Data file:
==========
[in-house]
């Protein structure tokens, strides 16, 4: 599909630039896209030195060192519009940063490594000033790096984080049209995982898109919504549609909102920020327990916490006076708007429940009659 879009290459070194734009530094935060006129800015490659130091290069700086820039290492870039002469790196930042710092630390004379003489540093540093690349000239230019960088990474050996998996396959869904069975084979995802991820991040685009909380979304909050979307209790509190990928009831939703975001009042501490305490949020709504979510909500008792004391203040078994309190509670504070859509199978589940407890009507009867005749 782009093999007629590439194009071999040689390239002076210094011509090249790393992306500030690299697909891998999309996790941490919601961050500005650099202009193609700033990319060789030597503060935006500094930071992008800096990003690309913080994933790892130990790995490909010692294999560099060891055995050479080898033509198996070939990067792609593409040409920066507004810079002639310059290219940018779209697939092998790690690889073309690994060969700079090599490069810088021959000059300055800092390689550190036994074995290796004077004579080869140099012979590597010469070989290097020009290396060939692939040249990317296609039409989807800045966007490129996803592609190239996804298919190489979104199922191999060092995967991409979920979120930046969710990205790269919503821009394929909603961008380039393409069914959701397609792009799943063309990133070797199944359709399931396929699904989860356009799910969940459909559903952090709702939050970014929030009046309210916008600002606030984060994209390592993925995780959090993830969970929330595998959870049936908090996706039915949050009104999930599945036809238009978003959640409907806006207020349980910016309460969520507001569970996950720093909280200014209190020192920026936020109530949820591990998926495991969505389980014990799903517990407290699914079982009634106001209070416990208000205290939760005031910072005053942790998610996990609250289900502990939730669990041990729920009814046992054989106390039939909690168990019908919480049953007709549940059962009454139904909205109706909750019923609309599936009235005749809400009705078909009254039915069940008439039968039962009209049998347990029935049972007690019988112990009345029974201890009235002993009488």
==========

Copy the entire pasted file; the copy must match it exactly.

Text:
[in-house]
């Protein structure tokens, strides 16, 4: 599909630039896209030195060192519009940063490594000033790096984080049209995982898109919504549609909102920020327990916490006076708007429940009659 879009290459070194734009530094935060006129800015490659130091290069700086820039290492870039002469790196930042710092630390004379003489540093540093690349000239230019960088990474050996998996396959869904069975084979995802991820991040685009909380979304909050979307209790509190990928009831939703975001009042501490305490949020709504979510909500008792004391203040078994309190509670504070859509199978589940407890009507009867005749 782009093999007629590439194009071999040689390239002076210094011509090249790393992306500030690299697909891998999309996790941490919601961050500005650099202009193609700033990319060789030597503060935006500094930071992008800096990003690309913080994933790892130990790995490909010692294999560099060891055995050479080898033509198996070939990067792609593409040409920066507004810079002639310059290219940018779209697939092998790690690889073309690994060969700079090599490069810088021959000059300055800092390689550190036994074995290796004077004579080869140099012979590597010469070989290097020009290396060939692939040249990317296609039409989807800045966007490129996803592609190239996804298919190489979104199922191999060092995967991409979920979120930046969710990205790269919503821009394929909603961008380039393409069914959701397609792009799943063309990133070797199944359709399931396929699904989860356009799910969940459909559903952090709702939050970014929030009046309210916008600002606030984060994209390592993925995780959090993830969970929330595998959870049936908090996706039915949050009104999930599945036809238009978003959640409907806006207020349980910016309460969520507001569970996950720093909280200014209190020192920026936020109530949820591990998926495991969505389980014990799903517990407290699914079982009634106001209070416990208000205290939760005031910072005053942790998610996990609250289900502990939730669990041990729920009814046992054989106390039939909690168990019908919480049953007709549940059962009454139904909205109706909750019923609309599936009235005749809400009705078909009254039915069940008439039968039962009209049998347990029935049972007690019988112990009345029974201890009235002993009488």